Article Text

Download PDFPDF
Acute-onset chronic inflammatory demyelinating polyneuropathy after Zika virus infection
  1. Sonja E Leonhard1,
  2. Alexander G Munts2,
  3. Annemiek A van der Eijk3,
  4. Bart C Jacobs4
  1. 1 Department of Neurology, Erasmus University Medical Center, Rotterdam, The Netherlands
  2. 2 Department of Neurology, Spaarne Gasthuis Hospital, Haarlem, The Netherlands
  3. 3 Department of Viroscience, Erasmus University Medical Center, Rotterdam, The Netherlands
  4. 4 Department of Neurology and Immunology, Erasmus University Medical Center, Rotterdam, The Netherlands
  1. Correspondence to Drs Sonja E Leonhard, Department of Neurology, Erasmus University Medical Center, Rotterdam 3000CB, The Netherlands; s.leonhard{at}

Statistics from

Case description

In December 2016, a 69-year-old man with a history of hypertension, hypercholesterolaemia and knee operations developed an erythematous pruritic rash on his trunk, cold shivers and swollen hands and feet with paraesthesias and numbness while on holiday in Curaçao. Eight days later he developed pain in his right leg and back, provoked by walking and stretching. This pain slowly increased over the next 5 weeks to the point that it became difficult to walk. He was admitted to the neurology ward of a regional hospital in The Netherlands, and neurological examination showed an antalgic gait, hypaesthesia of fingertips and feet and normal muscle strength and tendon reflexes. MRI of the cervical, thoracic and lumbar spine without gadolinium was normal. Eight days after admission he developed a progressive weakness of the legs starting in the right leg. Neurological examination showed a proximal and distal flaccid paraparesis with absent reflexes of the legs and normal reflexes of the arms. Cerebrospinal fluid (CSF) examination 3 days after admission showed a leucocyte count of 1/10 E6/L and a protein level of 620 mg/L. Electrolytes, liver and kidney function and inflammatory parameters were normal. Nerve conduction studies (NCS) 5 days after admission showed slightly prolonged distal motor latencies of the peroneal and tibial nerves, mildly prolonged F-wave latencies of the ulnar and tibial …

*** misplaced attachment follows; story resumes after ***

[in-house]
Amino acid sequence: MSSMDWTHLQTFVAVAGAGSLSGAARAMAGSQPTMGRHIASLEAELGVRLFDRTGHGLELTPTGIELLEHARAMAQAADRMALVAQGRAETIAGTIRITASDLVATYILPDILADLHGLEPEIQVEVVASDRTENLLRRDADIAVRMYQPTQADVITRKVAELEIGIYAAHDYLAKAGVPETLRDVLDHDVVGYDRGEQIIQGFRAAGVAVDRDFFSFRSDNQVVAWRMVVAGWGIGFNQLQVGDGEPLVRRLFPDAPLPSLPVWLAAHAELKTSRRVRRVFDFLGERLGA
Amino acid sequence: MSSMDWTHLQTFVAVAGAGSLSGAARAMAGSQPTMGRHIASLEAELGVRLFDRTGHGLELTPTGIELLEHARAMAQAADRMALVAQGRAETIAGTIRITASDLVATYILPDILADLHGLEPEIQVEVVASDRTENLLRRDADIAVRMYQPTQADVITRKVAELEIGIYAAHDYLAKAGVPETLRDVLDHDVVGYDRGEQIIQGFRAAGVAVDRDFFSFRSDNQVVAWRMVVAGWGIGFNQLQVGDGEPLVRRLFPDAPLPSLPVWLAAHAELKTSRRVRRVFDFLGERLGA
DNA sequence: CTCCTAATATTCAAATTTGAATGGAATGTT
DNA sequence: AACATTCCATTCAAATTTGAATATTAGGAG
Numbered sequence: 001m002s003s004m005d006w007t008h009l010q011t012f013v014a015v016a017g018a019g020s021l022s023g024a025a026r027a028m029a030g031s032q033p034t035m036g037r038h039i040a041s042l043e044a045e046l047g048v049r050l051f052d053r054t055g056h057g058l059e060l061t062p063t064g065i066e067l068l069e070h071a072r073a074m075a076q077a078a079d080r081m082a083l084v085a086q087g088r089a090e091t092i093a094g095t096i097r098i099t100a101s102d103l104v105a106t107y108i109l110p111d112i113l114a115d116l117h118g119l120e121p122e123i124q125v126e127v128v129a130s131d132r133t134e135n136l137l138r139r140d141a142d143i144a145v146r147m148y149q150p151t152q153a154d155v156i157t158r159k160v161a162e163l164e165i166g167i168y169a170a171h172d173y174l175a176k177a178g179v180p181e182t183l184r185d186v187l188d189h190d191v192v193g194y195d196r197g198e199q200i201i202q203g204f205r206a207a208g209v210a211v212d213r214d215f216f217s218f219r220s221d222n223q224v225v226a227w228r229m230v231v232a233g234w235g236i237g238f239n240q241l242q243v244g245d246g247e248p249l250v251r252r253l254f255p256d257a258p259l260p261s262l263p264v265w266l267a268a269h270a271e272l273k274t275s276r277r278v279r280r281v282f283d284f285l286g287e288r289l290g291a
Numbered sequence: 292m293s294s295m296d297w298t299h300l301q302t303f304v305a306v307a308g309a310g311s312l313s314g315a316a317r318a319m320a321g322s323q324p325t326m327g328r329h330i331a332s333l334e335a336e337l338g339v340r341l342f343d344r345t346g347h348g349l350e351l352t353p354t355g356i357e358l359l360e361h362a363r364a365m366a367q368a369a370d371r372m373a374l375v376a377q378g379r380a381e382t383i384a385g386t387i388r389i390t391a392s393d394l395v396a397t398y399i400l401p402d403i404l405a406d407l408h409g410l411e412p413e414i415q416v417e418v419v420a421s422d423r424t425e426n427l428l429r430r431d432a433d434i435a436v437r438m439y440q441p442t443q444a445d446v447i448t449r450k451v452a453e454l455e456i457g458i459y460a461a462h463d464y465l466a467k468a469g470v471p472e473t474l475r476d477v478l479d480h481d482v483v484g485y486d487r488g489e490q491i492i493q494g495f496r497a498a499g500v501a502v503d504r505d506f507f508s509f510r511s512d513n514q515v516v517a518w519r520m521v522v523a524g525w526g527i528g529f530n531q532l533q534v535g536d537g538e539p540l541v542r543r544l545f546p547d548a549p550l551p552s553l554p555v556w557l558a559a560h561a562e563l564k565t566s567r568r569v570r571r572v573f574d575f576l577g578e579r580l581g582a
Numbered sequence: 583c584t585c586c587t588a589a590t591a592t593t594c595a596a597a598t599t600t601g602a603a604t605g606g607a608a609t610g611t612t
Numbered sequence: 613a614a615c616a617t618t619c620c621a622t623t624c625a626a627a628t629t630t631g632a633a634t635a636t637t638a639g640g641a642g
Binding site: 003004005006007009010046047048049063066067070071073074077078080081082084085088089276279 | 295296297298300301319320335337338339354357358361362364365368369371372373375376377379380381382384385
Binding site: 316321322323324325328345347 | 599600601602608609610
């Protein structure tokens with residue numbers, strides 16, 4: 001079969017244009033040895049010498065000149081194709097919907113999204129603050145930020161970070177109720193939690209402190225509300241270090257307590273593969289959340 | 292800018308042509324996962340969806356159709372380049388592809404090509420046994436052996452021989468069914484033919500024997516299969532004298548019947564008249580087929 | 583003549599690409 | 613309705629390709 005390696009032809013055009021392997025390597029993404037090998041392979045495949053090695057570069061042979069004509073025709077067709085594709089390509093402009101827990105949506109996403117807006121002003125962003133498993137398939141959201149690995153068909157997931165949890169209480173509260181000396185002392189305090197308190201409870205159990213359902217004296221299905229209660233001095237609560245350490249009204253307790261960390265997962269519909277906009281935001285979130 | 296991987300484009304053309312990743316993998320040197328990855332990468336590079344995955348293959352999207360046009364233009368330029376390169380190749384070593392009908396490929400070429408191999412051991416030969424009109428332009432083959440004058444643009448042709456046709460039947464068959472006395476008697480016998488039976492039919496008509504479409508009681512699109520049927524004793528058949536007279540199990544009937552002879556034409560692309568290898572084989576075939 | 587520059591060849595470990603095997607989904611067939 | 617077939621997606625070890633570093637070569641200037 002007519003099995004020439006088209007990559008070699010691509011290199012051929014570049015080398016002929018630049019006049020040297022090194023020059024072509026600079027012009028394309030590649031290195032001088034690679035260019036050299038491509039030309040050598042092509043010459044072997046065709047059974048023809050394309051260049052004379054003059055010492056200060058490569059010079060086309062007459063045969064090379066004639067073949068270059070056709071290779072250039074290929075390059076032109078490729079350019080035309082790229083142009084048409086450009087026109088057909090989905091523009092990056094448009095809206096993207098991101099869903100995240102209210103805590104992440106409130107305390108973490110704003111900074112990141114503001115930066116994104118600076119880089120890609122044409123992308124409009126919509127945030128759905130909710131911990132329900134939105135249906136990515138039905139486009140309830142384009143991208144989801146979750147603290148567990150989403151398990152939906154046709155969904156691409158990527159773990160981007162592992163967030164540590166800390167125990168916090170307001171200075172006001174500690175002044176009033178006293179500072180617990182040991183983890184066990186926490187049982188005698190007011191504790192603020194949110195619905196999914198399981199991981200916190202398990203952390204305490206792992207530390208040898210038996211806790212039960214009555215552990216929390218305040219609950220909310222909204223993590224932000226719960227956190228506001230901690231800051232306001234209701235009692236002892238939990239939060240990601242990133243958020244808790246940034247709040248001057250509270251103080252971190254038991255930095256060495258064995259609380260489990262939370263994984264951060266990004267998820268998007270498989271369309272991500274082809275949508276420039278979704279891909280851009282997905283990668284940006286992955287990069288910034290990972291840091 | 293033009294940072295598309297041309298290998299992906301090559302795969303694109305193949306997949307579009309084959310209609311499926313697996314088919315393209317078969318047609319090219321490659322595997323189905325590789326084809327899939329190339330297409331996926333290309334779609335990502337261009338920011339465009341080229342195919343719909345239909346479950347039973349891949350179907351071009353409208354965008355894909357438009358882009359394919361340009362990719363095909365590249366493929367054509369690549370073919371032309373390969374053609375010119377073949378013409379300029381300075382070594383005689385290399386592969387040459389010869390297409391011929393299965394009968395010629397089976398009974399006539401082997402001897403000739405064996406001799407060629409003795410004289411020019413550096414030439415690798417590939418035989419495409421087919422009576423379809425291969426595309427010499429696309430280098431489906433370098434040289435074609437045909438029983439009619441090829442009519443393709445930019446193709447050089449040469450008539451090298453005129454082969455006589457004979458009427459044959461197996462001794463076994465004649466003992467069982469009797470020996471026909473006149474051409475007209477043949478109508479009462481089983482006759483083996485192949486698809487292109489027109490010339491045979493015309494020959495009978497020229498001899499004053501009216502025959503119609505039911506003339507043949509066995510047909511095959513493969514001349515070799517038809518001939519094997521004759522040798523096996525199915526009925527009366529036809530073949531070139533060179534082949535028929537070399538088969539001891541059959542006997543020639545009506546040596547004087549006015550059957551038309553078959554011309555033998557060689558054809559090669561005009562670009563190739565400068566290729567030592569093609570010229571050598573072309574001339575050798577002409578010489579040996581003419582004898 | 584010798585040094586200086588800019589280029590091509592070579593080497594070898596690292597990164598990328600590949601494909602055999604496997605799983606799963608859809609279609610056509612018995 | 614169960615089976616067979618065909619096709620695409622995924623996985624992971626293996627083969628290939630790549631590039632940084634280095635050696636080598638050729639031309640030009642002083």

View Full Text

Request Permissions

If you wish to reuse any or all of this article please use the link below which will take you to the Copyright Clearance Center’s RightsLink service. You will be able to get a quick price and instant permission to reuse the content in many different ways.